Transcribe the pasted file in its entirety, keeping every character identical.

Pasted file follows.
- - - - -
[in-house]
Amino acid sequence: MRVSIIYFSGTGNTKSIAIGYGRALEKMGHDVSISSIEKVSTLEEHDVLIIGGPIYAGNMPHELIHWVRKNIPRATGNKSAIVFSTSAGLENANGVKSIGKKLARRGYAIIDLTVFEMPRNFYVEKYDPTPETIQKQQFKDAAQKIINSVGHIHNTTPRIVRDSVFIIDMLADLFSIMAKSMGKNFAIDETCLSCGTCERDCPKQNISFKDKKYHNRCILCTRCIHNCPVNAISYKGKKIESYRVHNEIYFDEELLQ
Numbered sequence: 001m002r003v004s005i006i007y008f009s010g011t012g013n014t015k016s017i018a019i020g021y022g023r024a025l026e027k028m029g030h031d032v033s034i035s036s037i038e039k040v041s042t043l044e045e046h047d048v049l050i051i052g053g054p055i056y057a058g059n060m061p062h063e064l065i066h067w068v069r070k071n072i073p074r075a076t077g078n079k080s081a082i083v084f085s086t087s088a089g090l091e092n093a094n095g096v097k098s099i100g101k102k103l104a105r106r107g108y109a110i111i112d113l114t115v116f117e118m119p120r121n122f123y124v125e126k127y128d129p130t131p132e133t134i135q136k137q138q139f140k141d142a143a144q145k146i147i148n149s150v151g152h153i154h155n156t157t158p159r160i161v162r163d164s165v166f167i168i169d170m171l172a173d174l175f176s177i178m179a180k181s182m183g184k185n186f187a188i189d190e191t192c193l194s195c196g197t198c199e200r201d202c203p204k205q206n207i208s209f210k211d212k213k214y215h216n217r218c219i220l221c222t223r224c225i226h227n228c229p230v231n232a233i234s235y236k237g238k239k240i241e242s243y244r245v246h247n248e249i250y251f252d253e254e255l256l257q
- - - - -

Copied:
[in-house]
Amino acid sequence: MRVSIIYFSGTGNTKSIAIGYGRALEKMGHDVSISSIEKVSTLEEHDVLIIGGPIYAGNMPHELIHWVRKNIPRATGNKSAIVFSTSAGLENANGVKSIGKKLARRGYAIIDLTVFEMPRNFYVEKYDPTPETIQKQQFKDAAQKIINSVGHIHNTTPRIVRDSVFIIDMLADLFSIMAKSMGKNFAIDETCLSCGTCERDCPKQNISFKDKKYHNRCILCTRCIHNCPVNAISYKGKKIESYRVHNEIYFDEELLQ
Numbered sequence: 001m002r003v004s005i006i007y008f009s010g011t012g013n014t015k016s017i018a019i020g021y022g023r024a025l026e027k028m029g030h031d032v033s034i035s036s037i038e039k040v041s042t043l044e045e046h047d048v049l050i051i052g053g054p055i056y057a058g059n060m061p062h063e064l065i066h067w068v069r070k071n072i073p074r075a076t077g078n079k080s081a082i083v084f085s086t087s088a089g090l091e092n093a094n095g096v097k098s099i100g101k102k103l104a105r106r107g108y109a110i111i112d113l114t115v116f117e118m119p120r121n122f123y124v125e126k127y128d129p130t131p132e133t134i135q136k137q138q139f140k141d142a143a144q145k146i147i148n149s150v151g152h153i154h155n156t157t158p159r160i161v162r163d164s165v166f167i168i169d170m171l172a173d174l175f176s177i178m179a180k181s182m183g184k185n186f187a188i189d190e191t192c193l194s195c196g197t198c199e200r201d202c203p204k205q206n207i208s209f210k211d212k213k214y215h216n217r218c219i220l221c222t223r224c225i226h227n228c229p230v231n232a233i234s235y236k237g238k239k240i241e242s243y244r245v246h247n248e249i250y251f252d253e254e255l256l257q